💼 Case Study: Beehiiv

Beehiiv's mission is to make it easier for solo creators to make a living and grow via newsletters. They’ve scaled to $4M in ARR, but only 10% of their acquisition has been paid. The other 90% has been purely organic, thanks to a relentless focus on members and building community. This obsession is woven through every touchpoint and corner of their product. For example, instead of taking a % of subscription revenue – something that the community actively was against – they’ve set up a clean monthly fee that lets creators keep all of their subscription revenue. The company also leverages members to accelerate growth, with their simple referral plug-in. Finally, they’ve mastered the art of building in public, sharing the ups and downs of company-building along with product features they want real-time community feedback on. This has helped members feel even more connected to the company and willing to advocate for them.

Trait 2: Purpose-led Growth

If unicorns are obsessed with “VC-backable” models that will 100x (or, more often, die), Elephants are driven by something else: they want to create a massive, meaningful impact in the world. Their pitch isn’t framed as a way to court VCs, but as the necessary antidote to a problem that drives them as humans every day. They are obsessed with solving it, with or without VC support. And their view of success is over a much longer time horizon. They’re motivated by creating value that is sustainable and lasts.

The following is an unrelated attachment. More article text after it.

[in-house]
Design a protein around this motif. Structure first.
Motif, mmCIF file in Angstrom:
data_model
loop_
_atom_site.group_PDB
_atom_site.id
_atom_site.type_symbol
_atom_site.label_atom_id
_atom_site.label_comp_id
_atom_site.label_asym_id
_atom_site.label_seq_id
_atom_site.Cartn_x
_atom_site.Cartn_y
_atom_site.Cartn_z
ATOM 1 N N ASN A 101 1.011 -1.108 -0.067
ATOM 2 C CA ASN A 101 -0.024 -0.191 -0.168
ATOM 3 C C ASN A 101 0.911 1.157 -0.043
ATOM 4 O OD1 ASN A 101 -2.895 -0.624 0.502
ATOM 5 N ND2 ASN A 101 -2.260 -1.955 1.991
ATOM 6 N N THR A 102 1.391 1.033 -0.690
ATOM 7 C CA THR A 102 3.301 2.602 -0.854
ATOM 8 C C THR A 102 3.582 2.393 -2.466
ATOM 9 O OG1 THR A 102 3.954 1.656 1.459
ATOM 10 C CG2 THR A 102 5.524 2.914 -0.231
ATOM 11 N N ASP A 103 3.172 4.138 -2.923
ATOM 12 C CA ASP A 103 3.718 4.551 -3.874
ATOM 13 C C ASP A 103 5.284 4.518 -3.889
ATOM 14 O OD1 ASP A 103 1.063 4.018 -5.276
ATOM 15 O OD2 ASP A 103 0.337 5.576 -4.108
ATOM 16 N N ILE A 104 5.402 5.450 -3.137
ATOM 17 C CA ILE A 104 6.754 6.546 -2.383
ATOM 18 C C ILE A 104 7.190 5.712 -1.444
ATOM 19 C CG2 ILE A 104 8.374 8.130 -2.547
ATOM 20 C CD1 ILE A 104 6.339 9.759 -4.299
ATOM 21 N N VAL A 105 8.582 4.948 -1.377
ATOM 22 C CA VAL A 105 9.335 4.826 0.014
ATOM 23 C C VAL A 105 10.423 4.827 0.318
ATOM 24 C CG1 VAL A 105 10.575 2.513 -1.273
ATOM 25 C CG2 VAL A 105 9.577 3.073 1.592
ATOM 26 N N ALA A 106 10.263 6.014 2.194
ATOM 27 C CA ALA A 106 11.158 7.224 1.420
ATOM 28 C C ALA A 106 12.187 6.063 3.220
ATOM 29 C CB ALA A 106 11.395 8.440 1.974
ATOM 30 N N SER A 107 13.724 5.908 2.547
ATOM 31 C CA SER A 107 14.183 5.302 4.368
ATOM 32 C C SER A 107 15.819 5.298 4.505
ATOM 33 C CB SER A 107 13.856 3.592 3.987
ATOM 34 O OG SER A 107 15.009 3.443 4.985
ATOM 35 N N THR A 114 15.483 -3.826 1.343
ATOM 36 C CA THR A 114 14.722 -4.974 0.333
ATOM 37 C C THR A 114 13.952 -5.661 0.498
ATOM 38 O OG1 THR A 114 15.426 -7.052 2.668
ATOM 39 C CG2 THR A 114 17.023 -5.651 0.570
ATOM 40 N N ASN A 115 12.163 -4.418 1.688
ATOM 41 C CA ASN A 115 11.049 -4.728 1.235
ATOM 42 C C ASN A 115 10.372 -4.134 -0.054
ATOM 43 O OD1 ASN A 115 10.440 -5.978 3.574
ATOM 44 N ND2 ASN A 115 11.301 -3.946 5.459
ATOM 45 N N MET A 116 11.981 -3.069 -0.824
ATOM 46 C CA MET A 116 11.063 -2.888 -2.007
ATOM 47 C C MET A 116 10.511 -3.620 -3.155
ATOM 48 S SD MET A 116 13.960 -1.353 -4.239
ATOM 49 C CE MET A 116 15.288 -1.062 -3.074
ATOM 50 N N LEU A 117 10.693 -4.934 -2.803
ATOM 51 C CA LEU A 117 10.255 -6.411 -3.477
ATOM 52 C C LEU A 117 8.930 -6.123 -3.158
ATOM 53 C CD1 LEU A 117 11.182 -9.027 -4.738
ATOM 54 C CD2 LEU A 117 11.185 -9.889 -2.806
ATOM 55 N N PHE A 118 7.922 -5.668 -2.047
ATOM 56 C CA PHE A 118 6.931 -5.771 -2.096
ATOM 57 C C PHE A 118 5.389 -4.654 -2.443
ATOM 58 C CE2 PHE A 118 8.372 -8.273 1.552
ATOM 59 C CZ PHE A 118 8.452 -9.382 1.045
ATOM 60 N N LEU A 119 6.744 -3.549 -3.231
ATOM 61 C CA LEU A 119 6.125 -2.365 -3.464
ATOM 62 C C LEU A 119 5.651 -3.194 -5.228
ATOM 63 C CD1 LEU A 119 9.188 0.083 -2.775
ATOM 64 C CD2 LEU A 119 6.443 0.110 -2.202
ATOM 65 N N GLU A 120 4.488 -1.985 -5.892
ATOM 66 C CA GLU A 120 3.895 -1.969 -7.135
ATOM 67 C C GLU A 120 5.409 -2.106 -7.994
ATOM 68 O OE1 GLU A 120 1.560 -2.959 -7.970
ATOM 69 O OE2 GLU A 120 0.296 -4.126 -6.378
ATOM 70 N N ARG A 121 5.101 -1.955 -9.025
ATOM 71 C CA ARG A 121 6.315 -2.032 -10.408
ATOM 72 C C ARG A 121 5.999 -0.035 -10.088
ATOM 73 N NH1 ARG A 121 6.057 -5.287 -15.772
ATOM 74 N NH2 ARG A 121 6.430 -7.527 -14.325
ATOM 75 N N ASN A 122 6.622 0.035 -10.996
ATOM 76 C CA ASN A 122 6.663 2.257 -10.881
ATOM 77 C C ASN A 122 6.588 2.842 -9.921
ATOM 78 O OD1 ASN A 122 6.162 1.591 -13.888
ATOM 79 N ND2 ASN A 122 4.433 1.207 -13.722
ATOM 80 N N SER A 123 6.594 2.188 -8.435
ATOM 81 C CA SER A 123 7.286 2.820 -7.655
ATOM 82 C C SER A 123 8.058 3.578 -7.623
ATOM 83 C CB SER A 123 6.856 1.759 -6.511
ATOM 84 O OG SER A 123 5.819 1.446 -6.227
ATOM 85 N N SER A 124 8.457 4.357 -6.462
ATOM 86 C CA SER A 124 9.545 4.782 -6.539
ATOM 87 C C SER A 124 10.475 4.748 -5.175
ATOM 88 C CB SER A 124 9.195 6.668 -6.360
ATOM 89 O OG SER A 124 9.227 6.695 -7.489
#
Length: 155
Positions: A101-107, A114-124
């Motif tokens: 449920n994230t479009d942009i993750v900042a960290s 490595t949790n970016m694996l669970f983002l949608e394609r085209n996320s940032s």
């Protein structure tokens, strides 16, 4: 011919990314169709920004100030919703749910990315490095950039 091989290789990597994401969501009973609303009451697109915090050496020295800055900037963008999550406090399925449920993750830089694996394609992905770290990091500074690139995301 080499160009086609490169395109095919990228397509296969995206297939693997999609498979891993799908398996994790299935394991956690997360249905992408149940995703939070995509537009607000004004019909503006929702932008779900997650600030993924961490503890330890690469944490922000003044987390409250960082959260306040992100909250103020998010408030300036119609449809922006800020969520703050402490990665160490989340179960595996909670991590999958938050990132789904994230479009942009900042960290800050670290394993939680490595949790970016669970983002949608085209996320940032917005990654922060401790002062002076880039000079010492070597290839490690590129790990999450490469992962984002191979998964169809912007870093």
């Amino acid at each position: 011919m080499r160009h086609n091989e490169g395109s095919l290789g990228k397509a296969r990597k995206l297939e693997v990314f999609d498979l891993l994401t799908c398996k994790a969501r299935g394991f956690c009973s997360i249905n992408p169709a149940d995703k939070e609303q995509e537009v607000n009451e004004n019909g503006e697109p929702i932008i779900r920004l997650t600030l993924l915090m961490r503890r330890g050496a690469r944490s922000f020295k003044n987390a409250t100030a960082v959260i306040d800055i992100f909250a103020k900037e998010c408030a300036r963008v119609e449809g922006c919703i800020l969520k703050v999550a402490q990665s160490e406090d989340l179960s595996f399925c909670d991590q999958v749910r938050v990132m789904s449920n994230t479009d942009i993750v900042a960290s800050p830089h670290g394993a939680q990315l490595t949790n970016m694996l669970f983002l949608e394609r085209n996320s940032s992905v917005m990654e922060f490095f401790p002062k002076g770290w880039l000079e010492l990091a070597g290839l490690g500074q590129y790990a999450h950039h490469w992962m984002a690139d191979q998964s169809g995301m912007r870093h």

Elephants use purpose-driven storytelling to hire and grow

Similar to how customer acquisition becomes a flywheel when it’s based on true resonance, finding talent and partners becomes self-reinforcing when Elephant companies offer alignment on mission and a more fulfilling work environment.

Elephants use purpose to get press and raise awareness

In a moment when so much of new tech is met with skepticism, especially from the mainstream press, it’s increasingly crucial for founders to tie their product and purpose to something that actually matters in the world. Companies and products that touch on disinformation, mental health, inequality, the U.S. healthcare crisis, or global warming – even indirectly – will have a better avenue through which to build awareness and earn media more organically. On the flipside, consumers and the press are increasingly eager to “cancel” or take down projects that make mistakes or do something that doesn’t align with their values. A strong foundation of purpose-driven storytelling gives companies something to stand on.

💼 Case study: Humans Anonymous 

Humans Anonymous is a mental health company that’s creating virtual community spaces in response to the loneliness epidemic. Members support each other in anonymous audio spaces where they share their experiences on isolation, relationships, anxiety, ADHD and more. (The app was an overnight success, ranking #1 in Health and Fitness on the App Store on its first day live.) Humans Anonymous is grounded in a deep and explicit sense of purpose, which the founding team established on TikTok the year prior to launch. This approach has been hugely beneficial in securing top talent and advisors too! A solution as simple as anonymous audio spaces for mental health created by a founder-influencer certainly doesn’t fit the mold of VC-backable. Still, through its commitment to purpose and novel storytelling strategies, Humans Anonymous has found extraordinary product-market fit: members spend an average of 1.2 hours in the app per day.